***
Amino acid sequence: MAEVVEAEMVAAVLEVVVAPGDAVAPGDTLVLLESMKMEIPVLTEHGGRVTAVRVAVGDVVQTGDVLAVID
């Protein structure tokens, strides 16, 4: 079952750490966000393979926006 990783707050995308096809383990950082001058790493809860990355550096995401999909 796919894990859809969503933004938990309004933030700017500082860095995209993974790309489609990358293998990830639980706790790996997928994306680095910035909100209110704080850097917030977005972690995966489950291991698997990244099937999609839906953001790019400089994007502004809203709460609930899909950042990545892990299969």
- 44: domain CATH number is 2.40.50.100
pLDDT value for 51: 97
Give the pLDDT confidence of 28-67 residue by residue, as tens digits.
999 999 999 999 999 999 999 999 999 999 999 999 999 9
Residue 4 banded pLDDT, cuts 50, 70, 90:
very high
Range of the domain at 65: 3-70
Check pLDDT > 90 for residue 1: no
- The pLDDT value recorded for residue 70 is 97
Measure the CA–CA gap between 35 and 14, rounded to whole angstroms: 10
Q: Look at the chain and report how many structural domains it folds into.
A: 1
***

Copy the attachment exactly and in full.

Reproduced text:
Amino acid sequence: MAEVVEAEMVAAVLEVVVAPGDAVAPGDTLVLLESMKMEIPVLTEHGGRVTAVRVAVGDVVQTGDVLAVID
């Protein structure tokens, strides 16, 4: 079952750490966000393979926006 990783707050995308096809383990950082001058790493809860990355550096995401999909 796919894990859809969503933004938990309004933030700017500082860095995209993974790309489609990358293998990830639980706790790996997928994306680095910035909100209110704080850097917030977005972690995966489950291991698997990244099937999609839906953001790019400089994007502004809203709460609930899909950042990545892990299969």
- 44: domain CATH number is 2.40.50.100
pLDDT value for 51: 97
Give the pLDDT confidence of 28-67 residue by residue, as tens digits.
999 999 999 999 999 999 999 999 999 999 999 999 999 9
Residue 4 banded pLDDT, cuts 50, 70, 90:
very high
Range of the domain at 65: 3-70
Check pLDDT > 90 for residue 1: no
- The pLDDT value recorded for residue 70 is 97
Measure the CA–CA gap between 35 and 14, rounded to whole angstroms: 10
Q: Look at the chain and report how many structural domains it folds into.
A: 1